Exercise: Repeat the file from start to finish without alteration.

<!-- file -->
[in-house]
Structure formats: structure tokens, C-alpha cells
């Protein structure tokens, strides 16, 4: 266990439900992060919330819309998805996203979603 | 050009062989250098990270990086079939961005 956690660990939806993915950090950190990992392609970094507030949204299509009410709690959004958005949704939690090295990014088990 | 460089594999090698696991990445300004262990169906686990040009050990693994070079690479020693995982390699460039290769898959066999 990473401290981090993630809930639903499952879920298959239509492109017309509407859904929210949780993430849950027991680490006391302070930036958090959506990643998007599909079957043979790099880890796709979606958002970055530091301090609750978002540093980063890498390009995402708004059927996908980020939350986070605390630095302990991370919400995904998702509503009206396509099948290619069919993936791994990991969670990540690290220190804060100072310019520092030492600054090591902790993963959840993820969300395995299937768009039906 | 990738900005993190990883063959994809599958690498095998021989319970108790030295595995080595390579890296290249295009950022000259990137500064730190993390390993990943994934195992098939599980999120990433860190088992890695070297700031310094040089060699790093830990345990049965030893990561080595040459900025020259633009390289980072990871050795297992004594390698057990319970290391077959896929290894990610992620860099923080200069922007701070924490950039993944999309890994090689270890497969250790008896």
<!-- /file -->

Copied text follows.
[in-house]
Structure formats: structure tokens, C-alpha cells
């Protein structure tokens, strides 16, 4: 266990439900992060919330819309998805996203979603 | 050009062989250098990270990086079939961005 956690660990939806993915950090950190990992392609970094507030949204299509009410709690959004958005949704939690090295990014088990 | 460089594999090698696991990445300004262990169906686990040009050990693994070079690479020693995982390699460039290769898959066999 990473401290981090993630809930639903499952879920298959239509492109017309509407859904929210949780993430849950027991680490006391302070930036958090959506990643998007599909079957043979790099880890796709979606958002970055530091301090609750978002540093980063890498390009995402708004059927996908980020939350986070605390630095302990991370919400995904998702509503009206396509099948290619069919993936791994990991969670990540690290220190804060100072310019520092030492600054090591902790993963959840993820969300395995299937768009039906 | 990738900005993190990883063959994809599958690498095998021989319970108790030295595995080595390579890296290249295009950022000259990137500064730190993390390993990943994934195992098939599980999120990433860190088992890695070297700031310094040089060699790093830990345990049965030893990561080595040459900025020259633009390289980072990871050795297992004594390698057990319970290391077959896929290894990610992620860099923080200069922007701070924490950039993944999309890994090689270890497969250790008896």